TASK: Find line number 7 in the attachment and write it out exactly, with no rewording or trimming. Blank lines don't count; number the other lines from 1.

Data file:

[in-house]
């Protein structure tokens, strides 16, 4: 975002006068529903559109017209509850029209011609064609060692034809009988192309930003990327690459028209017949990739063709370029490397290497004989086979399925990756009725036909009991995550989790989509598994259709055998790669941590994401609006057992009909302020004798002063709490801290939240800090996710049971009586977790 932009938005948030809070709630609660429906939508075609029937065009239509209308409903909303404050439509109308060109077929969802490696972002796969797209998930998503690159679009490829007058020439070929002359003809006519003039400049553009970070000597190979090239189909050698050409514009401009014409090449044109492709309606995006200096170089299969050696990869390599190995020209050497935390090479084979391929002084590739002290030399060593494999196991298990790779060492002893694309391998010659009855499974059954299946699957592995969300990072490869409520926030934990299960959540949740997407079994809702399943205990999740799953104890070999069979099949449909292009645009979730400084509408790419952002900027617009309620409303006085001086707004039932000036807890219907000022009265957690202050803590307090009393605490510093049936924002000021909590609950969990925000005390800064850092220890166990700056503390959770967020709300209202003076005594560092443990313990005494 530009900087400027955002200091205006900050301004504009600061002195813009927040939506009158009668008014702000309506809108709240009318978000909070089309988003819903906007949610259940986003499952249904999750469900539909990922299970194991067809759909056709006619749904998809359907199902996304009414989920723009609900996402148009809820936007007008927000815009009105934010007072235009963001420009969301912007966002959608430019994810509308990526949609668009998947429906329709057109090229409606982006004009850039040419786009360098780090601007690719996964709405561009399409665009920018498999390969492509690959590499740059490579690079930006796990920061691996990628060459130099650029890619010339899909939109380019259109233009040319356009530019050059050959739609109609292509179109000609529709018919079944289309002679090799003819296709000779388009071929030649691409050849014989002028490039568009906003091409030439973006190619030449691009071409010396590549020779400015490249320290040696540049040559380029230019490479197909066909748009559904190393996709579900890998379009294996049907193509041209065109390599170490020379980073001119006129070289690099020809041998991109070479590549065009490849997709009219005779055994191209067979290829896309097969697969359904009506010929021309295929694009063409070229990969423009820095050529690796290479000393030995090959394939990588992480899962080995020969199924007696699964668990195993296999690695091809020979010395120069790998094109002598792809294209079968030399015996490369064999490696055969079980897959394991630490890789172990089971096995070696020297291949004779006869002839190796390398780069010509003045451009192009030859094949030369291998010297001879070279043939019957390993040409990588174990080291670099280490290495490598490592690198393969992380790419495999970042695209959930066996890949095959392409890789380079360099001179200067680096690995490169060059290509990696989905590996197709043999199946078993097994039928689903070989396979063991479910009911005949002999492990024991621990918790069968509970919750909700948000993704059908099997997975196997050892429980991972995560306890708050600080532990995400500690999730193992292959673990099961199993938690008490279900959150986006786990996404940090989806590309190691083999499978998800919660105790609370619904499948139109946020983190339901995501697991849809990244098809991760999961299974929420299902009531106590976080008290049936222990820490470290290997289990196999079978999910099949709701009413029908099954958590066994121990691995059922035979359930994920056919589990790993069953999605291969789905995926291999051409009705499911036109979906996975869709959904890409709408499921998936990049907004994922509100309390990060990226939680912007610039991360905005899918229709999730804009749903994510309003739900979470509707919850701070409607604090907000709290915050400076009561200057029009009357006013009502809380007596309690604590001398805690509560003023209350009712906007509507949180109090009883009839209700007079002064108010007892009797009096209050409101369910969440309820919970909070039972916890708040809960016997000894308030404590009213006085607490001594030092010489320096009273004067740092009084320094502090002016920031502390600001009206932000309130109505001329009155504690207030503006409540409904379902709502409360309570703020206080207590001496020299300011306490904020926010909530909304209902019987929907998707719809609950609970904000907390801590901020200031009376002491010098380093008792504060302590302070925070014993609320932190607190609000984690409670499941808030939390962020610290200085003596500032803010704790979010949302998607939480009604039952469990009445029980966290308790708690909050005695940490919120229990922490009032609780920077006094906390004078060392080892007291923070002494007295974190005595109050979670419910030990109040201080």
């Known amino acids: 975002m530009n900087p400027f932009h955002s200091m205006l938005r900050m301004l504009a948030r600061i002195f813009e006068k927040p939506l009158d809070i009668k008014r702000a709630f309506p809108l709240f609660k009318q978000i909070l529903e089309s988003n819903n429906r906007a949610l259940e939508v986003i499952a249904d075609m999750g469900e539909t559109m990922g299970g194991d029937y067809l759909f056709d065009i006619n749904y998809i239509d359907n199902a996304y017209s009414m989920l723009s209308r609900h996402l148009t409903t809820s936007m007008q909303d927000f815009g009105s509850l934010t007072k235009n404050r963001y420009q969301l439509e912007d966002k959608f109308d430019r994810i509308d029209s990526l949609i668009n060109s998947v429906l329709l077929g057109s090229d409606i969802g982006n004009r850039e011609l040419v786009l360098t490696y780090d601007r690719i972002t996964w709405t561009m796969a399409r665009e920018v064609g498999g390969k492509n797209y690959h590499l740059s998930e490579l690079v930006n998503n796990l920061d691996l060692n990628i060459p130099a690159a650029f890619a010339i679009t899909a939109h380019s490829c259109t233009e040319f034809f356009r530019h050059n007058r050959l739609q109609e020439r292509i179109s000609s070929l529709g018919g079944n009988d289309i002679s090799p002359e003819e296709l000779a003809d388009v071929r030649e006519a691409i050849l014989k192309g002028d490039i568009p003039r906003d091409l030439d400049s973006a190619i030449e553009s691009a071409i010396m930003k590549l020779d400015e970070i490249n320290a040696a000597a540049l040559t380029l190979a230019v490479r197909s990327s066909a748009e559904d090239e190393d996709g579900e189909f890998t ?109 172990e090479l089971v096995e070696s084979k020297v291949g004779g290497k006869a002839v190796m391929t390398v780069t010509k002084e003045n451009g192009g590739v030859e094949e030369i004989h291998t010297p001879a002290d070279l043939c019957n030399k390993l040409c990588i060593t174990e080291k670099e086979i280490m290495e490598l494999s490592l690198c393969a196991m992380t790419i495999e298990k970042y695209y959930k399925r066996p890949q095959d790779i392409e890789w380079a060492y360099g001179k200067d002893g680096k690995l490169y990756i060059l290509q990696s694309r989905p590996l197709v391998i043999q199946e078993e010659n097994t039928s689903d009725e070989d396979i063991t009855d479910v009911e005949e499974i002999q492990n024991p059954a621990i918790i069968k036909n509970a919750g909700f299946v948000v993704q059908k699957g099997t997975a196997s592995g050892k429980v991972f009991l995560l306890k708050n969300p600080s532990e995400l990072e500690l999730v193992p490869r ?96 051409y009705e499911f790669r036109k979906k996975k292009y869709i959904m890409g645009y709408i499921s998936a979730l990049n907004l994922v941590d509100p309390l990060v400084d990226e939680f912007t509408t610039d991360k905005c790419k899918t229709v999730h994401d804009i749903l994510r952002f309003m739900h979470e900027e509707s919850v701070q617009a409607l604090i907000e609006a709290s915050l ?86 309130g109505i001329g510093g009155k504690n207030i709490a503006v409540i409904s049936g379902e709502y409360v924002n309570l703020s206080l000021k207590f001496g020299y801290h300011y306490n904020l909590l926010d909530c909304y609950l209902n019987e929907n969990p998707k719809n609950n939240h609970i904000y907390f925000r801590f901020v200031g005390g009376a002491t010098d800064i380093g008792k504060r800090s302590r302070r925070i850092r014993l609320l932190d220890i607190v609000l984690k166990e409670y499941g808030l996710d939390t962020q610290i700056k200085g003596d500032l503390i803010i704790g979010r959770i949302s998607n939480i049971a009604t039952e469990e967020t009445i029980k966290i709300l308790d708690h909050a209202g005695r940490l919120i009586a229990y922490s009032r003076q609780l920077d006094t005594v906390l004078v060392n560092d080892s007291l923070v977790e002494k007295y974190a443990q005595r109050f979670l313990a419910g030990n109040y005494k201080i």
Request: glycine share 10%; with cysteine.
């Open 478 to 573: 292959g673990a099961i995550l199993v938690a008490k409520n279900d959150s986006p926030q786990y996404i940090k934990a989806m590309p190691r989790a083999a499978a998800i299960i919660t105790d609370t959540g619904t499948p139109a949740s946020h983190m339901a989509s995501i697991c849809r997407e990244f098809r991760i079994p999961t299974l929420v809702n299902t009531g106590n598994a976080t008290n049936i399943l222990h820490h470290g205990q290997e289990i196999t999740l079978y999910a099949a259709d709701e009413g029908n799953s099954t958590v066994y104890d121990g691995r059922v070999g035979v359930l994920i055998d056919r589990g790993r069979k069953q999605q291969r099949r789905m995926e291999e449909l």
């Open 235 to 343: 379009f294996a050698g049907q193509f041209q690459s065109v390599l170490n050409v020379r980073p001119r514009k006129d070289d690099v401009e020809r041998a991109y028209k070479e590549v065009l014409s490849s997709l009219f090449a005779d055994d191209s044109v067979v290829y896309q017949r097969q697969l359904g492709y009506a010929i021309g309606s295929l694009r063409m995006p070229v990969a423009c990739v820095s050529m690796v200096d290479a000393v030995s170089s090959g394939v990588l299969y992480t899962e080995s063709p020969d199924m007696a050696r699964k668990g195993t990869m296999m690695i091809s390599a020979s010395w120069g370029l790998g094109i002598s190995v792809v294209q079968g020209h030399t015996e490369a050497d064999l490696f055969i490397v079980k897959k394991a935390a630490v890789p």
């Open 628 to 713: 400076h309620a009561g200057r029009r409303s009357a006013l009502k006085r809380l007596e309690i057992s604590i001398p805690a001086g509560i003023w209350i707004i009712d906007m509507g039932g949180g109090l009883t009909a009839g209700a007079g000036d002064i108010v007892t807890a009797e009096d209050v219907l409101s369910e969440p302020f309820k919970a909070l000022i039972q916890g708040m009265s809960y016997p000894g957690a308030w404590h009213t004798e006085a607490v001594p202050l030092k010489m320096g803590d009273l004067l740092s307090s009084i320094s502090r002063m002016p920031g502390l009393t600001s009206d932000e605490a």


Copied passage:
């Open 628 to 713: 400076h309620a009561g200057r029009r409303s009357a006013l009502k006085r809380l007596e309690i057992s604590i001398p805690a001086g509560i003023w209350i707004i009712d906007m509507g039932g949180g109090l009883t009909a009839g209700a007079g000036d002064i108010v007892t807890a009797e009096d209050v219907l409101s369910e969440p302020f309820k919970a909070l000022i039972q916890g708040m009265s809960y016997p000894g957690a308030w404590h009213t004798e006085a607490v001594p202050l030092k010489m320096g803590d009273l004067l740092s307090s009084i320094s502090r002063m002016p920031g502390l009393t600001s009206d932000e605490a």